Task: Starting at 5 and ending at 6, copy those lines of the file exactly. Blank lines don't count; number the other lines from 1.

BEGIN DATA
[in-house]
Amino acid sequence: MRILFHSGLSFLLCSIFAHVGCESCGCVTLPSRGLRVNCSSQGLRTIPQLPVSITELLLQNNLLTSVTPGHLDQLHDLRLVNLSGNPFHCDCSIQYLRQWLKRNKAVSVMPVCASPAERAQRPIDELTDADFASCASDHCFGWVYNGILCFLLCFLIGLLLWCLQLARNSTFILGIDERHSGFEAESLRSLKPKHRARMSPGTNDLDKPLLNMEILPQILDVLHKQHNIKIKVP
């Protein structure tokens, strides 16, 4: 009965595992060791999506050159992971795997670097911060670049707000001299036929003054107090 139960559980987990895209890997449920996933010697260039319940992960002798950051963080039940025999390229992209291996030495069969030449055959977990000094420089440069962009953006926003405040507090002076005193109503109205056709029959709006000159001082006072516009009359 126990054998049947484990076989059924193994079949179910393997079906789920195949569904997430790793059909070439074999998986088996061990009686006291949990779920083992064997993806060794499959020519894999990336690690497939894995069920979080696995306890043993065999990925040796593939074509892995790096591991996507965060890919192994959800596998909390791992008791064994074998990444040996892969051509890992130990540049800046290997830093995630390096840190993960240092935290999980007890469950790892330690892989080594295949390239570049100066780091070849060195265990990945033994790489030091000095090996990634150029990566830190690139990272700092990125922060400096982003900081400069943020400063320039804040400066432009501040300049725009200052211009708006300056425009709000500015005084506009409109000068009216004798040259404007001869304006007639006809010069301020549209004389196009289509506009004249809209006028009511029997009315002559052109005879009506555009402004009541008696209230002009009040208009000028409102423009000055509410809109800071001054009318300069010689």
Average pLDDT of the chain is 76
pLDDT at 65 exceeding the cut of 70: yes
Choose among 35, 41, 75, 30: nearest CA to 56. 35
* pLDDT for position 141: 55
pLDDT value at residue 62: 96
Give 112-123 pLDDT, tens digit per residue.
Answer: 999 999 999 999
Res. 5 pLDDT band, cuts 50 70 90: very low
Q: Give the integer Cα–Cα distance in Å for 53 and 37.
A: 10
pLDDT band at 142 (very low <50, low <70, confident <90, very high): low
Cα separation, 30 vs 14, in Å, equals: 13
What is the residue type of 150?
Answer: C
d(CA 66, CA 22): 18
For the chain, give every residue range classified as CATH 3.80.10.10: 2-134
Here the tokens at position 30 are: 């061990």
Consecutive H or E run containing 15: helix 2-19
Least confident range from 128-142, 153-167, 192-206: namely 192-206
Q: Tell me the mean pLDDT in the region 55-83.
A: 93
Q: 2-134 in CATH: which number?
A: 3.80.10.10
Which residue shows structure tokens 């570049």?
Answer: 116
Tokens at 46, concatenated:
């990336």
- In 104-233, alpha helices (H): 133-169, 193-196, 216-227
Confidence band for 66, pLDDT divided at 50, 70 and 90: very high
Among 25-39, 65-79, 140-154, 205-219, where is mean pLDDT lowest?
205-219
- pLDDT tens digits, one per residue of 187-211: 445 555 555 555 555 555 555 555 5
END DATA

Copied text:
pLDDT at 65 exceeding the cut of 70: yes
Choose among 35, 41, 75, 30: nearest CA to 56. 35